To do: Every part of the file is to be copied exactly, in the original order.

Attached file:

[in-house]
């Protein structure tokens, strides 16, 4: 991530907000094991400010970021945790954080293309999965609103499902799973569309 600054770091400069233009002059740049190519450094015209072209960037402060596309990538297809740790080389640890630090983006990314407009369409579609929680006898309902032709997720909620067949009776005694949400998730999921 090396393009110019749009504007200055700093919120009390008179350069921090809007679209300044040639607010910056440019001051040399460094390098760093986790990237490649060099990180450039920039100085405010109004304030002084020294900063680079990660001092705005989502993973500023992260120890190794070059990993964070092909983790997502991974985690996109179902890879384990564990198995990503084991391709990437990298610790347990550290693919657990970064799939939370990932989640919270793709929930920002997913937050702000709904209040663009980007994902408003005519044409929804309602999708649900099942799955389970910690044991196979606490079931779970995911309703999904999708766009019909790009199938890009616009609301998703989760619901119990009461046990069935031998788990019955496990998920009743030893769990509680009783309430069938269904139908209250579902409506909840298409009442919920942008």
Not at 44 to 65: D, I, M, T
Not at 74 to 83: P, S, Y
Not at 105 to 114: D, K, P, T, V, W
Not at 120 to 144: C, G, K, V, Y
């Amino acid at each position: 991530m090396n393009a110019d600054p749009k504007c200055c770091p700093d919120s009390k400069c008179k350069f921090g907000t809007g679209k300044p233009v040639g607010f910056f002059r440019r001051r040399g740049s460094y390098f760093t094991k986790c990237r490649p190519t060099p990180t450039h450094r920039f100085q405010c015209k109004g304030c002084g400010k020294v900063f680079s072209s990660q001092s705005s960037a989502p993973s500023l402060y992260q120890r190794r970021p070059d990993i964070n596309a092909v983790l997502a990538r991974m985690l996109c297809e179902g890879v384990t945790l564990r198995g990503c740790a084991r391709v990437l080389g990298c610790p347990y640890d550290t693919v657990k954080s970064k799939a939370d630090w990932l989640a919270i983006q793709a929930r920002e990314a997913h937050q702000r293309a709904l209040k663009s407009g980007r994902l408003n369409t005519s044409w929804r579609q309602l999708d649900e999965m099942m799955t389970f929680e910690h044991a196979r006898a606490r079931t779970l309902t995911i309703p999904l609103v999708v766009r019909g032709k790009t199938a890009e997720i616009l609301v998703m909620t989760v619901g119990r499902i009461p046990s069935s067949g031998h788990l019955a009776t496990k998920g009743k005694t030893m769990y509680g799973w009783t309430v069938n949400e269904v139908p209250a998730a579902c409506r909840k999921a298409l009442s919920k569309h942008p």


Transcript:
[in-house]
């Protein structure tokens, strides 16, 4: 991530907000094991400010970021945790954080293309999965609103499902799973569309 600054770091400069233009002059740049190519450094015209072209960037402060596309990538297809740790080389640890630090983006990314407009369409579609929680006898309902032709997720909620067949009776005694949400998730999921 090396393009110019749009504007200055700093919120009390008179350069921090809007679209300044040639607010910056440019001051040399460094390098760093986790990237490649060099990180450039920039100085405010109004304030002084020294900063680079990660001092705005989502993973500023992260120890190794070059990993964070092909983790997502991974985690996109179902890879384990564990198995990503084991391709990437990298610790347990550290693919657990970064799939939370990932989640919270793709929930920002997913937050702000709904209040663009980007994902408003005519044409929804309602999708649900099942799955389970910690044991196979606490079931779970995911309703999904999708766009019909790009199938890009616009609301998703989760619901119990009461046990069935031998788990019955496990998920009743030893769990509680009783309430069938269904139908209250579902409506909840298409009442919920942008």
Not at 44 to 65: D, I, M, T
Not at 74 to 83: P, S, Y
Not at 105 to 114: D, K, P, T, V, W
Not at 120 to 144: C, G, K, V, Y
């Amino acid at each position: 991530m090396n393009a110019d600054p749009k504007c200055c770091p700093d919120s009390k400069c008179k350069f921090g907000t809007g679209k300044p233009v040639g607010f910056f002059r440019r001051r040399g740049s460094y390098f760093t094991k986790c990237r490649p190519t060099p990180t450039h450094r920039f100085q405010c015209k109004g304030c002084g400010k020294v900063f680079s072209s990660q001092s705005s960037a989502p993973s500023l402060y992260q120890r190794r970021p070059d990993i964070n596309a092909v983790l997502a990538r991974m985690l996109c297809e179902g890879v384990t945790l564990r198995g990503c740790a084991r391709v990437l080389g990298c610790p347990y640890d550290t693919v657990k954080s970064k799939a939370d630090w990932l989640a919270i983006q793709a929930r920002e990314a997913h937050q702000r293309a709904l209040k663009s407009g980007r994902l408003n369409t005519s044409w929804r579609q309602l999708d649900e999965m099942m799955t389970f929680e910690h044991a196979r006898a606490r079931t779970l309902t995911i309703p999904l609103v999708v766009r019909g032709k790009t199938a890009e997720i616009l609301v998703m909620t989760v619901g119990r499902i009461p046990s069935s067949g031998h788990l019955a009776t496990k998920g009743k005694t030893m769990y509680g799973w009783t309430v069938n949400e269904v139908p209250a998730a579902c409506r909840k999921a298409l009442s919920k569309h942008p």